How to have a budget friendly Christmas

Christmas doesn’t have to be an expensive time of year. You could have all the festivities without spending a fortune!
Christmas tree with baubles | Wealthify
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Did you know the average Brit spends up £1,116 on Christmas[1] each year? That’s a huge amount of money, and often it’s confined to just one month – December, where typical household spends an extra £800![2] And then there are the November temptations of Black Friday and Cyber Monday sales, which continue to drive up our spending at this time of the year.

It may seem like having an affordable Christmas is out of reach, but that’s not strictly true. In fact, just like with every other budget you put in place, with enough planning and a bit of realism, you could have an excellent Christmas on a budget without being accused of being a Scrooge!

 

Santa Claus is coming to town
Santa is brilliant because he can deliver presents all over the world in a single day, but to us mere mortals, this is impossible. What we can do instead, is plan the year ahead. We know when Christmas is, we probably know who we’re going to buy presents for, and we might even have some room in the freezer for tucking away some party foods.

Planning for Christmas in advance could help spread out your costs, spending a little bit each month rather than having it all land at one time. It also allows you to pick up presents when they go on sale at different points throughout the year – for example, after Christmas – potentially picking up some real bargains.

 

Last Christmas, I gave you…
Buying presents for everyone may seem like a generous thing to do, but it might be a little bit much. If you’re set on doing this, then it may be a good idea to put a price limit on gifts. You could put a monetary cap on it, for example, £10-100 per person depending on your finances. If you find this too difficult, then maybe you could limit the number of presents you get someone - one big present and three to five little ones. Even if you don’t rigidly stick to this, it may help to control your Christmas spending urges.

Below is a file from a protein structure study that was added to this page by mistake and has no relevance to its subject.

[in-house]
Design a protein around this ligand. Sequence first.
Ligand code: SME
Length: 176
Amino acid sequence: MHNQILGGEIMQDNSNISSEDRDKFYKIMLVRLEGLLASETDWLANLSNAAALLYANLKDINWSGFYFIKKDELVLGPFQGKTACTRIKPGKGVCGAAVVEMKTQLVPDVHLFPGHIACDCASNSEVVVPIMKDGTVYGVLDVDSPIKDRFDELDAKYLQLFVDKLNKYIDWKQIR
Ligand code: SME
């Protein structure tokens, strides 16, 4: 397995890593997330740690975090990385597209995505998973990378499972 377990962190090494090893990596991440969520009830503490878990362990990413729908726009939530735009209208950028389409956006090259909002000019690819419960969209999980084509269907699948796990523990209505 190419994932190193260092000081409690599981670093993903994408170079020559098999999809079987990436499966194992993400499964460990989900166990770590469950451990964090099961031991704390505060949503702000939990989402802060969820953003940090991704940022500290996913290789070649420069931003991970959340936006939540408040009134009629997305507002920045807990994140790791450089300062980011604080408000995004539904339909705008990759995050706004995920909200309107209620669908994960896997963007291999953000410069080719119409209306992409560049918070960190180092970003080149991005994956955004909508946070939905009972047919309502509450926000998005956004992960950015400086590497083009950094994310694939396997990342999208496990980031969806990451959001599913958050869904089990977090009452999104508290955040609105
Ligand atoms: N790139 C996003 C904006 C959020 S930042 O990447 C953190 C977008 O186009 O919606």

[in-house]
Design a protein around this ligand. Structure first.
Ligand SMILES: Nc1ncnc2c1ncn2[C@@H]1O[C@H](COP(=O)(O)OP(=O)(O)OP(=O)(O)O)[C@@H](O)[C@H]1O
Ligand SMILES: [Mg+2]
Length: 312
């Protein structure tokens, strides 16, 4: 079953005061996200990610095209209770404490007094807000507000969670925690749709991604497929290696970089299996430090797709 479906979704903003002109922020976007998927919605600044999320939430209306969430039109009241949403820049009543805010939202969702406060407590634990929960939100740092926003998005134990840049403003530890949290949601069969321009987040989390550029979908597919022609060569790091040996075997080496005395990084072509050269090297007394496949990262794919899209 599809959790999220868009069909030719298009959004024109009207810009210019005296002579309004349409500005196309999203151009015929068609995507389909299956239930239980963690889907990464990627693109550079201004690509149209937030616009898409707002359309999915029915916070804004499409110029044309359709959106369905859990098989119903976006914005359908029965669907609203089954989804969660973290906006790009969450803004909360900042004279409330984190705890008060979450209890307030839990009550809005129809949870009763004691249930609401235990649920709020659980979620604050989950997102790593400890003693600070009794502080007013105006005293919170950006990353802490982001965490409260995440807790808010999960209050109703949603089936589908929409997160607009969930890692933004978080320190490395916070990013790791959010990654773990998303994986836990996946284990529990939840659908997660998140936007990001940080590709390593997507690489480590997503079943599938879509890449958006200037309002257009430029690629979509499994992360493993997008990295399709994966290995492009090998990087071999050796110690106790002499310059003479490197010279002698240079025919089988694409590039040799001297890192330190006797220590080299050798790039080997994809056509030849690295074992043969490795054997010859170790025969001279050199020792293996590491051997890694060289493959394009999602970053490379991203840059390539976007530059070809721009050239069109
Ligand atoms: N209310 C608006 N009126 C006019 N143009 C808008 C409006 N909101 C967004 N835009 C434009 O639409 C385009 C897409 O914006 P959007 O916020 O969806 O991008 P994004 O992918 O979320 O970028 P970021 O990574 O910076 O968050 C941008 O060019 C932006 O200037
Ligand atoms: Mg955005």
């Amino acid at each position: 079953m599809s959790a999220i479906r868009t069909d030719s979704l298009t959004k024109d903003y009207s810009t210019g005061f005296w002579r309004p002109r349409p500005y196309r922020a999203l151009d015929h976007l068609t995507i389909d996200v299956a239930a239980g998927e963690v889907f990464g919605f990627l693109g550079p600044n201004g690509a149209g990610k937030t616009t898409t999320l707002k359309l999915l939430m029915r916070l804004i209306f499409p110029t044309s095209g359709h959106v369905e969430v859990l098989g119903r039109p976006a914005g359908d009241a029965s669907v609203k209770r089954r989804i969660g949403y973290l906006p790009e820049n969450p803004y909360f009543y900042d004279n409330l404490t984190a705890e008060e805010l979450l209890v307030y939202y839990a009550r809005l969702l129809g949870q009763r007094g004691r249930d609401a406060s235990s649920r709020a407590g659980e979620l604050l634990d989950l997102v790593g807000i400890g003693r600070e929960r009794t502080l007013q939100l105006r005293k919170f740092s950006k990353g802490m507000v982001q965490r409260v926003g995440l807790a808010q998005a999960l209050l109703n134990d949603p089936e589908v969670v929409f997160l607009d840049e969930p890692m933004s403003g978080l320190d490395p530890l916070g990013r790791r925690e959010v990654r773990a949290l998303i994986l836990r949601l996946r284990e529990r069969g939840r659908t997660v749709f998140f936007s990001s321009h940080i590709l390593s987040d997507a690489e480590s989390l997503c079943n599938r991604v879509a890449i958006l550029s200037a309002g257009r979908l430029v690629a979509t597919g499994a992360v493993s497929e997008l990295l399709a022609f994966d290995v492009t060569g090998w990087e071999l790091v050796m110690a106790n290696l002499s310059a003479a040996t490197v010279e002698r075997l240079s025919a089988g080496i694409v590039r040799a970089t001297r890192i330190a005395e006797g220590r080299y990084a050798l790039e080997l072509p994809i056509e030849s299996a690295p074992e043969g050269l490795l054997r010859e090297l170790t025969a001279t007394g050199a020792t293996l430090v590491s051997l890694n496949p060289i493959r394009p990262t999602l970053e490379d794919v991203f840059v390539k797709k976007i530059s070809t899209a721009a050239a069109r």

It may also be worth thinking about the environmental impact you’re having. Typically, 41% of children’s toys are broken within three months – heading straight for the landfill, along with 125,000 tons of plastic packaging generated by Christmas purchases.[3]

If you have little children, then you may want to consider an Ethical Junior ISA, giving them a present for the future that delivers a positive impact on society and the environment now. It may not be much fun for them to play with now, but it may help them to buy their first house later on.

 

Bigger isn’t always better
Sometimes a smaller event can be more fun, as there’s less stress and expense attached to it. Instead of making Christmas dinner with all the trimmings, why not just buy what people actually eat? That means you can probably ditch those dreadful brussels sprouts (opinion of the author and in no way a recommendation by Wealthify).

And although this is a time for feasting, you might be able to save money and waste by preparing a smaller-than-usual Christmas dinner. This could be a good idea if you find yourself throwing away half a turkey each year after having leftovers that could last you till New Year.